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James Lorraine Geddes
Personal Information
Born: March 19, 1827(1827-03-19)
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Died: February 21, 1887 (aged 59)
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Other Information
Allegiance: United States of America
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Branch: Union Army
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Rank: Brevet Brigadier General
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Battles: American Civil War
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James Lorraine Geddes (March 19, 1827 – February 21, 1887) was a soldier in India, a brigade commander in the Western Theater of the American Civil War, college administrator and professor, and military songwriter.


Geddes was born in Edinburgh, Scotland. In his boyhood he was taken to Canada, but in 1843 he returned to Scotland. He then studied at Calcutta in the British military academy, entered the British Army in the Royal Horse Artillery, and after distinguishing himself in the Punjab campaign in the First Anglo-Afghan War, particularly at the Khyber Pass. He returned to Canada and was commissioned a colonel in a regiment of cavalry. He married New York native Margaret Moore on October 14, 1856, in Yarmouth, Nova Scotia. In 1857 he resigned from the army and moved to the United States, settling in Vinton, Iowa, where he taught school.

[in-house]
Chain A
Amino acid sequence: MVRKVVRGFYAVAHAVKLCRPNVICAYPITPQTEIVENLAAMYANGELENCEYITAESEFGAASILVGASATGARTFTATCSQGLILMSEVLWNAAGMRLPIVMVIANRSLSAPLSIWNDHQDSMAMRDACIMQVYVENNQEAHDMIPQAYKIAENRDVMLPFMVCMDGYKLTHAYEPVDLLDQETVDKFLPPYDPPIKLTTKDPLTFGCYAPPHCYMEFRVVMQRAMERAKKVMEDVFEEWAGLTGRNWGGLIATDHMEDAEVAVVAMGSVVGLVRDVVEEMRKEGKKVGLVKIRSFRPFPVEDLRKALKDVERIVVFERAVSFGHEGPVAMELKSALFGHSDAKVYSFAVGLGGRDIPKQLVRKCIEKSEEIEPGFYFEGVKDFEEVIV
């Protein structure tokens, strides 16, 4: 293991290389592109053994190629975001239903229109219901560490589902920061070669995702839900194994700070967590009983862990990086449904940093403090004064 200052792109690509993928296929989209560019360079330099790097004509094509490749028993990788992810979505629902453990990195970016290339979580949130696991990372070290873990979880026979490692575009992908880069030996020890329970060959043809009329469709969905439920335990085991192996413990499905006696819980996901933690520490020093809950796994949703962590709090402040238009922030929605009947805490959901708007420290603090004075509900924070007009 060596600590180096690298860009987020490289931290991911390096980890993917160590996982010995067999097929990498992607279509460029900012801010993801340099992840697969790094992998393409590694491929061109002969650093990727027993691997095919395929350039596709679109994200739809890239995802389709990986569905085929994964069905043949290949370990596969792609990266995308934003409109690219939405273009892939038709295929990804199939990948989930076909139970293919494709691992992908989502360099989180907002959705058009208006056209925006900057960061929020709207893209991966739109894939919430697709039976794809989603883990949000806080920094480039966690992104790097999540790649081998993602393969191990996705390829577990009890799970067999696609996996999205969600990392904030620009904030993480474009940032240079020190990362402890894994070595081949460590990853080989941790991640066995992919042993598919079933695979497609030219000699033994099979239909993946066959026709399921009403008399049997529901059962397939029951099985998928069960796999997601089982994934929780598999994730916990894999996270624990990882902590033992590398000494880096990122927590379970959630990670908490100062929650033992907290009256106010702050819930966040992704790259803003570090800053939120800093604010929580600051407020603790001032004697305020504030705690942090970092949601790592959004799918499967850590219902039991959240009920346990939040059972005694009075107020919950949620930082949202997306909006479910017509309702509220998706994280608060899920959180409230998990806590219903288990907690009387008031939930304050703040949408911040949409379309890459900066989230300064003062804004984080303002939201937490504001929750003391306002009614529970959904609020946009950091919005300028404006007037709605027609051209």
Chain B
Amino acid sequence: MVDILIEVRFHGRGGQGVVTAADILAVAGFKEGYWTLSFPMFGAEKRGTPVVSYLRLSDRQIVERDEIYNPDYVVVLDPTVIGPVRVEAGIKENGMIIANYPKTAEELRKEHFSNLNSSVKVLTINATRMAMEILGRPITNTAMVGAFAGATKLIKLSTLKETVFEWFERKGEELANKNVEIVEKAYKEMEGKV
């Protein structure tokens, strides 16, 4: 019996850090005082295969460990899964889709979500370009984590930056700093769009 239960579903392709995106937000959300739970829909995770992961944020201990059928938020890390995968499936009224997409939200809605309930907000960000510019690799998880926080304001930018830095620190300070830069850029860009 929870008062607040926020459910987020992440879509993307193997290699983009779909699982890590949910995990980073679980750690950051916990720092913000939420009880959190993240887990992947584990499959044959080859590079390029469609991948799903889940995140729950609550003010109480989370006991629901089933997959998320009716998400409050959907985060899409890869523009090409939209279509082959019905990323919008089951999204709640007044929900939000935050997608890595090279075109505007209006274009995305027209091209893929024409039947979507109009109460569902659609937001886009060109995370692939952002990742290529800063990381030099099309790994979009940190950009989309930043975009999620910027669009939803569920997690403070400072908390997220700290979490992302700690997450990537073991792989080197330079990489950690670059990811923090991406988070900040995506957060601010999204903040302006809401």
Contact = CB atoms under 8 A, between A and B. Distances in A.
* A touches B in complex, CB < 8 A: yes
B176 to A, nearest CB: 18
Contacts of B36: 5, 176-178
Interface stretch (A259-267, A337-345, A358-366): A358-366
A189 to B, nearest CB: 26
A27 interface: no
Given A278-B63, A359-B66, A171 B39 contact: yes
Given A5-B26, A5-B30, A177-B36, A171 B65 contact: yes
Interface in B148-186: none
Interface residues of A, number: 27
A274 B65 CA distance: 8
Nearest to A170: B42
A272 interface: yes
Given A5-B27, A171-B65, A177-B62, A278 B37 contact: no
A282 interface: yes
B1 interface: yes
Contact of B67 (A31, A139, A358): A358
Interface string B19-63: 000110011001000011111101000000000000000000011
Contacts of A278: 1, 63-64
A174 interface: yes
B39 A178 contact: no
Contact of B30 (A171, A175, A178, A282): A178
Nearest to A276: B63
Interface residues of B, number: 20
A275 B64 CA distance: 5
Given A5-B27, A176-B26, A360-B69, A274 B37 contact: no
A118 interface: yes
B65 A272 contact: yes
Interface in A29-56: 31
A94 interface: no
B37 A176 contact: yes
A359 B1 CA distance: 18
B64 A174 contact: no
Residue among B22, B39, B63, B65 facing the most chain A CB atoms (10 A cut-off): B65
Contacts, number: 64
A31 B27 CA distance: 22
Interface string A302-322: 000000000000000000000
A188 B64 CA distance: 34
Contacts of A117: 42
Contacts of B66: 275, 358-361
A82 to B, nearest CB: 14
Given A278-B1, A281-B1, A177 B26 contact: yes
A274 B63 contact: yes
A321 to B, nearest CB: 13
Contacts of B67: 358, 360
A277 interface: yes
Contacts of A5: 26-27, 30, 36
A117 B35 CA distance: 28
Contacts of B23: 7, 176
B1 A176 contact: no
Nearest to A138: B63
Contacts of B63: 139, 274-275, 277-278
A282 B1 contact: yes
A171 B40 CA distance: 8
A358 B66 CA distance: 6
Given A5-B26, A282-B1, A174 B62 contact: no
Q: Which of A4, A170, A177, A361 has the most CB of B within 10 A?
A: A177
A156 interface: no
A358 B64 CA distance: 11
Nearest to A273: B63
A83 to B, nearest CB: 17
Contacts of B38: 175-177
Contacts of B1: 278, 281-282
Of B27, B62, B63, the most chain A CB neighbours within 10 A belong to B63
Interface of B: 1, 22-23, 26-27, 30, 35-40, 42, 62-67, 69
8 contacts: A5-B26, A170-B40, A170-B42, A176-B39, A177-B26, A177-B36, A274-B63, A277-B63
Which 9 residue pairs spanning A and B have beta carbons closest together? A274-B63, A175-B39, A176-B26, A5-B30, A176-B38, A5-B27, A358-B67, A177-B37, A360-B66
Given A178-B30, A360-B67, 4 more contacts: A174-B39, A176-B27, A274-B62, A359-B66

In the American Civil War, Geddes served in the Union army, enlisting as a private in the 8th Iowa Infantry. He was promoted to captain and then lieutenant colonel, and after February 1862 as colonel of volunteers. He took part in the fighting at Shiloh, where he was wounded and captured. He was imprisoned for a time at Madison, Georgia, and in Libby Prison in Richmond, Virginia. After being exchanged, he fought at Vicksburg and Jackson. In October 1863, he was given command of a brigade and sent to Brownsville, Texas. Subsequently, he served as the provost marshal of Federal occupied Memphis, Tennessee, which he saved from seizure by Confederate cavalry under Nathan Bedford Forrest. He commanded a brigade in the Mobile Campaign and fought with distinction at the Battle of Spanish Fort. In 1865 Geddes was brevetted brigadier general of volunteers for his distinguished war service.

After the war, Geddes was principal of the Iowa College for the Blind at Vinton, and until his death was connected with the Iowa College of Agriculture at Ames, being military instructor and cashier in 1870–1882, acting president in 1875–77, librarian in 1877–78, vice-president and professor of military tactics in 1880–82, and treasurer in 1884–87. He wrote a number of popular war songs, including The Soldiers' Battle Prayer and The Stars and Stripes.

He died in Ames and is buried there.

See also[]


  • This article incorporates text from the Encyclopædia Britannica, Eleventh Edition, a publication now in the public domain.